Saturday, May 23, 2009

Where's the Beef?

Four months ago, Barack Obama was sworn in as the 44th President of the United States. In an historic inauguration, he became the first African-American, or indeed any ethnic minority, to become President. After eight years of the unpopular Bush administration, the changing of the guard was welcome to most Americans. The fresh face elected to the highest office in the land not only looked different, but promised something different. Barack Obama was coming to the White House to bring, "Change We Can Believe In." The disastrous policies of the Bush administration will be undone as a new day dawns in America....

But those of us who observe politics closely can only note that in almost every election, the "out party" complains about the excesses of the "in party," rides the abuses of the "in party" to victory and then becomes the new "in party," and proceeds to continue to exercise the power it previously complained about, but for which the previous government set precedent. Such behaviour is as old as the republic itself (consider Jefferson's Second Revolution in 1800, in which he rode the issue of the Alien and Sedition Acts to power, abolished them, and then proceeded to use state sedition laws to prosecute those that disagreed with his government) and perhaps as old as democracy itself. President Obama is no exception. For all his talk about change, the President has remained committed to continuing and fulfilling the policies of his predecessor, George W. Bush.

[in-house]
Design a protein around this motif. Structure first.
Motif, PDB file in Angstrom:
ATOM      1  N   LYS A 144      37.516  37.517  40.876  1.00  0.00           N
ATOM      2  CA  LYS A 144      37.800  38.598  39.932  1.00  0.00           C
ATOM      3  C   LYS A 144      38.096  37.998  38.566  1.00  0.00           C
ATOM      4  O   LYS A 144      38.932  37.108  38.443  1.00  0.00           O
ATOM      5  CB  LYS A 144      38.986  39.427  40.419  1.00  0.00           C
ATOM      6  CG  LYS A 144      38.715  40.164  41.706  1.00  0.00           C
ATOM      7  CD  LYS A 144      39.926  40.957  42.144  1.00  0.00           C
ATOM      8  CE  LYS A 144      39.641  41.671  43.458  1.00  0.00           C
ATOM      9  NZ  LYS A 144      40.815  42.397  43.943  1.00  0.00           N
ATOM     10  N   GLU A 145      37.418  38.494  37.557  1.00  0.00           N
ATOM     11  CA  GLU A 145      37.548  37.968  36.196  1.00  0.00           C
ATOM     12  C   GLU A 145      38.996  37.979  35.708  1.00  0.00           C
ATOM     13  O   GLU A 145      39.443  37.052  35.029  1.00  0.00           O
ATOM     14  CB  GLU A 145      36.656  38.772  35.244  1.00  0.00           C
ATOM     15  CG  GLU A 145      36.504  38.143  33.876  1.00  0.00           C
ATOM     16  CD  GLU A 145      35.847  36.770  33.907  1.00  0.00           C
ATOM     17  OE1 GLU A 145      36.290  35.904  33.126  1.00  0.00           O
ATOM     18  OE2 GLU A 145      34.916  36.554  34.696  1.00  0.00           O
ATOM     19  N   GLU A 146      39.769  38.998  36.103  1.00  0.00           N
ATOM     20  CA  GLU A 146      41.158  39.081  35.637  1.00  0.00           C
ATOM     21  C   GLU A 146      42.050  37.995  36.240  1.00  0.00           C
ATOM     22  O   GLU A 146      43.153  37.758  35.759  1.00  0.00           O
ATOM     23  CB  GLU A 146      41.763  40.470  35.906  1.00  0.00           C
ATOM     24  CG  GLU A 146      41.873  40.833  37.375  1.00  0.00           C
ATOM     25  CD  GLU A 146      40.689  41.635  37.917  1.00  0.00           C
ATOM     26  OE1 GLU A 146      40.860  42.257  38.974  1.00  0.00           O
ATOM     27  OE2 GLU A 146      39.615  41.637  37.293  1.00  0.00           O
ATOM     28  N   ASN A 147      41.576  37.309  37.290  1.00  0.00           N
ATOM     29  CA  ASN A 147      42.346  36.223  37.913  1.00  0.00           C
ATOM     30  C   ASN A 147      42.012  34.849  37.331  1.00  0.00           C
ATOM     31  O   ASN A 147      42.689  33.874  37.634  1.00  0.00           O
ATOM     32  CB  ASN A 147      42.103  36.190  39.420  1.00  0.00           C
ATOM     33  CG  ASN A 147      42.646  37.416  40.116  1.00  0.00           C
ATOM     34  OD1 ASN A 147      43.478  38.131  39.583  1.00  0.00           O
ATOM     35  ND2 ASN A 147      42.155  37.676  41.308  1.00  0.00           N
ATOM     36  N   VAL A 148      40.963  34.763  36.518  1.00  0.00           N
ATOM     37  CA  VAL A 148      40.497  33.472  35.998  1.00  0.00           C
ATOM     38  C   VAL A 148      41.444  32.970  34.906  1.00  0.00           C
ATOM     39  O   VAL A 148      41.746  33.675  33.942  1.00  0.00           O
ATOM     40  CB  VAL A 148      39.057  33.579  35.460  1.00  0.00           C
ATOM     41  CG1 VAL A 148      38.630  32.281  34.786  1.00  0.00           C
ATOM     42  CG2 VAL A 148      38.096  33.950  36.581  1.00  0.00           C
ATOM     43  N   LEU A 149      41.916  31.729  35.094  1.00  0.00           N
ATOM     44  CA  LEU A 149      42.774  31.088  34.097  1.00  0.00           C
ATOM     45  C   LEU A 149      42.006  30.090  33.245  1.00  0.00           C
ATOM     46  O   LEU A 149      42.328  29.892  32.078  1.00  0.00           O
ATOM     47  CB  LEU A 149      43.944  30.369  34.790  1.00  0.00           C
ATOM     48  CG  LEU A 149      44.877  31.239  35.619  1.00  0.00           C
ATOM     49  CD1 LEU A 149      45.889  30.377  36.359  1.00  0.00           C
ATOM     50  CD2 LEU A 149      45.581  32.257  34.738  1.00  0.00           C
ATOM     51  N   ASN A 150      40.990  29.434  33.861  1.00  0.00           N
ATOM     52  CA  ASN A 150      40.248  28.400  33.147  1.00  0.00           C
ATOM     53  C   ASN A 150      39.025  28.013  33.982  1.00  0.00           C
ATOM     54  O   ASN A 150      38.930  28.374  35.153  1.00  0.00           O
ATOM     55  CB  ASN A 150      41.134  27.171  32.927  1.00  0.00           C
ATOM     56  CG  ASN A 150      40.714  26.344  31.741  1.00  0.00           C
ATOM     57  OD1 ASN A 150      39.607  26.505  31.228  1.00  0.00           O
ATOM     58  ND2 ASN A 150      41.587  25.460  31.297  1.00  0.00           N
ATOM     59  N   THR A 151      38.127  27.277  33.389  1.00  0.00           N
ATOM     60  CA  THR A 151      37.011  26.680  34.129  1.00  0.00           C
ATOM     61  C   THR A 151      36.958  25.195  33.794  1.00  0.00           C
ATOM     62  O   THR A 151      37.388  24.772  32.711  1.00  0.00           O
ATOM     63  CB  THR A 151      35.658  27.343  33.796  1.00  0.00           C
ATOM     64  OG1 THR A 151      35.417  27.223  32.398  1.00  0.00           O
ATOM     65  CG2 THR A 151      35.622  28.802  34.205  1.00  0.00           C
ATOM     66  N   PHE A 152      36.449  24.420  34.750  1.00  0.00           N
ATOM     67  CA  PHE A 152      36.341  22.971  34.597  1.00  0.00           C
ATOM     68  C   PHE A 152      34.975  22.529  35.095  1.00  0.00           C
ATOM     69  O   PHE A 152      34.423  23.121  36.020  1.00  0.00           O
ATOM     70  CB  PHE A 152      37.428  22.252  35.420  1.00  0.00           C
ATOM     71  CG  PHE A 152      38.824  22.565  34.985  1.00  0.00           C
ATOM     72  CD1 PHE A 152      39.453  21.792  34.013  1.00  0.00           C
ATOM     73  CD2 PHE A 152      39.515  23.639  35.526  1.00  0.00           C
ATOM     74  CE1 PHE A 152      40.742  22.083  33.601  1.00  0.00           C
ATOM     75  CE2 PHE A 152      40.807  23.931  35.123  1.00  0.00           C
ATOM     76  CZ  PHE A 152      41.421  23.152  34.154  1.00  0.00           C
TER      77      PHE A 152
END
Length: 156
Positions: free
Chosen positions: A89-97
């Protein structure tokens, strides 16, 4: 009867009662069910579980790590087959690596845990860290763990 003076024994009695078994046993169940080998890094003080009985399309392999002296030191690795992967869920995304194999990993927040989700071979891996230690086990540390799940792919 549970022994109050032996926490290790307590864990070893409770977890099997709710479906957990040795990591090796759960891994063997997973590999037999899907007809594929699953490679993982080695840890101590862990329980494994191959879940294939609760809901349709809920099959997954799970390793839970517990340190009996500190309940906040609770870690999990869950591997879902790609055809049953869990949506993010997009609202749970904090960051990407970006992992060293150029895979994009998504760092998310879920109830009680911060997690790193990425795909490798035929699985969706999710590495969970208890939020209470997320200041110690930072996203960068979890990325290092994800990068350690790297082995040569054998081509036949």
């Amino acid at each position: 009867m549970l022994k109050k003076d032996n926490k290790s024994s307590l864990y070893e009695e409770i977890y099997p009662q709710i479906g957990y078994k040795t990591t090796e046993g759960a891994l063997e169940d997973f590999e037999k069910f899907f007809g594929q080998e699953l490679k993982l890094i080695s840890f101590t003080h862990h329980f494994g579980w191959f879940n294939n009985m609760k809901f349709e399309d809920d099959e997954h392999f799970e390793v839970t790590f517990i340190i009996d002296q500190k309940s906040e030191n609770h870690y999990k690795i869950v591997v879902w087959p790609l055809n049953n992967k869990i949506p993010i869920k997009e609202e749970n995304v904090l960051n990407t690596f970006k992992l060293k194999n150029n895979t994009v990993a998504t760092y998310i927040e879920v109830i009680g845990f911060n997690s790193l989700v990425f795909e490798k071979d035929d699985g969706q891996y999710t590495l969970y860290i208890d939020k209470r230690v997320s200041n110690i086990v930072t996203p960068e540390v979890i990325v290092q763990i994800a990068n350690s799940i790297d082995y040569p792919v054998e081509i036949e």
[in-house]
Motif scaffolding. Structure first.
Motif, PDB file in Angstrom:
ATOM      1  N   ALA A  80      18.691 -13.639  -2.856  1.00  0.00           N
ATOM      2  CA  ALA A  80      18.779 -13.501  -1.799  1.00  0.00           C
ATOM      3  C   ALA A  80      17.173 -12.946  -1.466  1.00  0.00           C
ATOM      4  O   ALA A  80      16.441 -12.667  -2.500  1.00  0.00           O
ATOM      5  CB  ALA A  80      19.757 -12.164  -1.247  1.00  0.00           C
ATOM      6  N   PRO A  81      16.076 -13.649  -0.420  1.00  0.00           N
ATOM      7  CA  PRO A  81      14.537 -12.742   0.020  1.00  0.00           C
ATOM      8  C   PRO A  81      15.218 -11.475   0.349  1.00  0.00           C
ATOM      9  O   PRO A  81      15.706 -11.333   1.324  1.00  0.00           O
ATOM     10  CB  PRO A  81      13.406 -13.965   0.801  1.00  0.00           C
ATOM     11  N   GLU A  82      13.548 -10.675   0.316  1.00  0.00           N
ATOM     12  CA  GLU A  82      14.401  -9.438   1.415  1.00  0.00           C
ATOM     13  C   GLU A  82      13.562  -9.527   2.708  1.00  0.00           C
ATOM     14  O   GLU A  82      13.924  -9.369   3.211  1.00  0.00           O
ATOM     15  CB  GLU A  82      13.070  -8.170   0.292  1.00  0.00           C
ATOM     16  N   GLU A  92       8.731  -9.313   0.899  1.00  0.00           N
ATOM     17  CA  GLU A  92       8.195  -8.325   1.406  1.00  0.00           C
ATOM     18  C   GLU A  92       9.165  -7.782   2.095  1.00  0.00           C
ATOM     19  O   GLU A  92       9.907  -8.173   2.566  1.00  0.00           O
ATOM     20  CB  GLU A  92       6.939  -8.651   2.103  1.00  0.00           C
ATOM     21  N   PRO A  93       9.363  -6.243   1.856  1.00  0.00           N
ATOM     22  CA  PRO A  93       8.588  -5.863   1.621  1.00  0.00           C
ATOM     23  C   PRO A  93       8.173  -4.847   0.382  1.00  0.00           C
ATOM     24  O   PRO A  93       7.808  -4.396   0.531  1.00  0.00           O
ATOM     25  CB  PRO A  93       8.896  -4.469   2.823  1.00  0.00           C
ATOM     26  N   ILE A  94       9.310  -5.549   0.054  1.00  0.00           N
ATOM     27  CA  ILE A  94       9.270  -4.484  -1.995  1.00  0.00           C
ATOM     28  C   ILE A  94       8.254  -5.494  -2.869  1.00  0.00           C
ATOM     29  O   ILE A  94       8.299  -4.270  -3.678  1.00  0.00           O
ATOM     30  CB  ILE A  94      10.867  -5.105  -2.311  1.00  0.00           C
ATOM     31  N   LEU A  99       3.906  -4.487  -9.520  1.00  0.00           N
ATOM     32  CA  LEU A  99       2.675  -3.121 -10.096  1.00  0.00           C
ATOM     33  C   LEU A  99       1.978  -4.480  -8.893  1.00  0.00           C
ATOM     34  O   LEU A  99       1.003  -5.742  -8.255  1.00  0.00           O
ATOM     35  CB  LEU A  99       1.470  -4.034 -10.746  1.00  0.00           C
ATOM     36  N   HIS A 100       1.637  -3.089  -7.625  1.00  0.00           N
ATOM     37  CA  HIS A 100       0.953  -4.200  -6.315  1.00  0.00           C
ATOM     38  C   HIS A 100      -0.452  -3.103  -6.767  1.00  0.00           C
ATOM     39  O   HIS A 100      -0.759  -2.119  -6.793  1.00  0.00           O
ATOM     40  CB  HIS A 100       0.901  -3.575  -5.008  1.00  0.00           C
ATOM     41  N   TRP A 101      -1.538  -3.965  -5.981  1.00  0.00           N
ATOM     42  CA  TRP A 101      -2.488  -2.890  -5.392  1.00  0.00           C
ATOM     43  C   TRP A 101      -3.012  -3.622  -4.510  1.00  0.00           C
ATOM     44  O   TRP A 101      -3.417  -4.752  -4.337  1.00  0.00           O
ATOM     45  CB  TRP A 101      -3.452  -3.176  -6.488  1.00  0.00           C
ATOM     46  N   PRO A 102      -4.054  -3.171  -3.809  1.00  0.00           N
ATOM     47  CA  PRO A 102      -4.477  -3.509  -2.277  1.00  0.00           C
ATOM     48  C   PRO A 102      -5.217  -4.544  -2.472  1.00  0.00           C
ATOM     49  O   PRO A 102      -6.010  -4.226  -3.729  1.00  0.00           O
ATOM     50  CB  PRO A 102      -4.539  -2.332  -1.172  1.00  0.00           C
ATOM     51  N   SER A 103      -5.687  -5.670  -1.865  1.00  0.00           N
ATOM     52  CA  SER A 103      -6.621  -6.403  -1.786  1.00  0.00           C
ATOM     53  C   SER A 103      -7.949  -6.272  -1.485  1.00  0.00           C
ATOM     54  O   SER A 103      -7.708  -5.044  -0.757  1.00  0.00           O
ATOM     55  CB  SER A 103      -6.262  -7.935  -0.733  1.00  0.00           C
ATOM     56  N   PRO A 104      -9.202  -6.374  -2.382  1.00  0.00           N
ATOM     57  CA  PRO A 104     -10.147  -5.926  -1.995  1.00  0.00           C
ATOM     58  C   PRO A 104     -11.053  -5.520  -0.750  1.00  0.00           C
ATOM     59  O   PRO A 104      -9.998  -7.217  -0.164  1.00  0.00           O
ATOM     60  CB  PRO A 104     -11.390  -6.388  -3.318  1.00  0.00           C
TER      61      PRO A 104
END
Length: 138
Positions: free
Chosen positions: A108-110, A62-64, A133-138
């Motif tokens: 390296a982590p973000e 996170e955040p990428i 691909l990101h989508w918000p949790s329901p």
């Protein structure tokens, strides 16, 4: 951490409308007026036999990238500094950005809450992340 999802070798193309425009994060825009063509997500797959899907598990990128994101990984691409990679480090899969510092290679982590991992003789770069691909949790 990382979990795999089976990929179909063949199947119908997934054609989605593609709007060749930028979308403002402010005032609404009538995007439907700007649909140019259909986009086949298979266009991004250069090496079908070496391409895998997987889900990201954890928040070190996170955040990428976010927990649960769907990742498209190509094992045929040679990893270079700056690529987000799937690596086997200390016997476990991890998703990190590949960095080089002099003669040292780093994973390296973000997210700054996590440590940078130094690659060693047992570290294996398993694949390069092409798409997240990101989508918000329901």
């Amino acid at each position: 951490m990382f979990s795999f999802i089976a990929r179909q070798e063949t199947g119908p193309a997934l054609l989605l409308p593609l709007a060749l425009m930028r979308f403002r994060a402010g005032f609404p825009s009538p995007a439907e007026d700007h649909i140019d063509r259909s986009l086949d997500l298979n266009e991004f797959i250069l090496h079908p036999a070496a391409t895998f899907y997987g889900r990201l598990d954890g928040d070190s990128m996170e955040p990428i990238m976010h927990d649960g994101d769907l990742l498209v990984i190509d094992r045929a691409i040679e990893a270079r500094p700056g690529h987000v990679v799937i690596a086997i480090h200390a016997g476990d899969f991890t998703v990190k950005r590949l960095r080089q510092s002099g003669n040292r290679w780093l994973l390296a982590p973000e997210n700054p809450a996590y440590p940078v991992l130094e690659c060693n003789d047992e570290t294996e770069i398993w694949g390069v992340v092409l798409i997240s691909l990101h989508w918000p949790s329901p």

To the careful observer, it is not surprising that the policies of the Obama administration are similar to the Bush 43 administration. After all, Barack Obama campaigned as a liberal and the Bush administration was the most leftist administration in four decades. My recent open letter to President Bush describes the left-wing policies of his administration in detail (, but the highlights included a new federal health care entitlement, an increased role of federal government in education, massive domestic spending, socialization of financial industry, and a proposal for a federal "car czar" to give government control of the auto industry. While I know of no specific education proposal from the Obama administration, his White House has made an even larger and more unaffordable health care entitlement a priority. His administration has continued to socialize the financial industry by bailing out and buying large shares in more and more banks, and his car "politburo" now essentially runs GM and Chrysler and the President himself canned the GM CEO. Massive government spending continues. Candidate Obama took issue with one major Bush administration domestic policy - the tax cuts. President Obama, however, is quite content to let them continue and has no plans to repeal them (they will, however, expire if not renewed by Congress, in 2011).